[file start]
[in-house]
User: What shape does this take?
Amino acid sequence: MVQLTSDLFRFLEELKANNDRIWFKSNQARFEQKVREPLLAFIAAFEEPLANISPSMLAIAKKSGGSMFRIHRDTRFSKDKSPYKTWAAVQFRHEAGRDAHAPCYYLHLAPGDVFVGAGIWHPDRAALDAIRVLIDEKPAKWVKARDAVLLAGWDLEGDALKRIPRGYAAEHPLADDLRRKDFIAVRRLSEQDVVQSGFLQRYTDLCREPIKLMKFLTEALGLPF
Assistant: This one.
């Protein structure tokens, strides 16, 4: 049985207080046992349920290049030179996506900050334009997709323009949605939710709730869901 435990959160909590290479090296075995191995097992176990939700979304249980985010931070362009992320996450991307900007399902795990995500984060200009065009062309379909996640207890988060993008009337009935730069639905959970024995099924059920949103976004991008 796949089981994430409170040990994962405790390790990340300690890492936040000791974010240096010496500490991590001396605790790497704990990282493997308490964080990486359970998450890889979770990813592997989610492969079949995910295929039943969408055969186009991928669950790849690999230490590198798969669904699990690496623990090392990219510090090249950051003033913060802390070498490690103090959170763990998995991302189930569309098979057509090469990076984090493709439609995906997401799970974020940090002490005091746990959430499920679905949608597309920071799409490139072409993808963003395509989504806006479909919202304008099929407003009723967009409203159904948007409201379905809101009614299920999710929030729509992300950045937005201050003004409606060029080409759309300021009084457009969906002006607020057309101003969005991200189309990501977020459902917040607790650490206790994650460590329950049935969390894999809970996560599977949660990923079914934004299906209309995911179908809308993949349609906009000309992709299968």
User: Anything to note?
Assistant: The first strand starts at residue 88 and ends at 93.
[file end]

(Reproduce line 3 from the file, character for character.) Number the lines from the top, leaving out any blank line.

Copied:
Amino acid sequence: MVQLTSDLFRFLEELKANNDRIWFKSNQARFEQKVREPLLAFIAAFEEPLANISPSMLAIAKKSGGSMFRIHRDTRFSKDKSPYKTWAAVQFRHEAGRDAHAPCYYLHLAPGDVFVGAGIWHPDRAALDAIRVLIDEKPAKWVKARDAVLLAGWDLEGDALKRIPRGYAAEHPLADDLRRKDFIAVRRLSEQDVVQSGFLQRYTDLCREPIKLMKFLTEALGLPF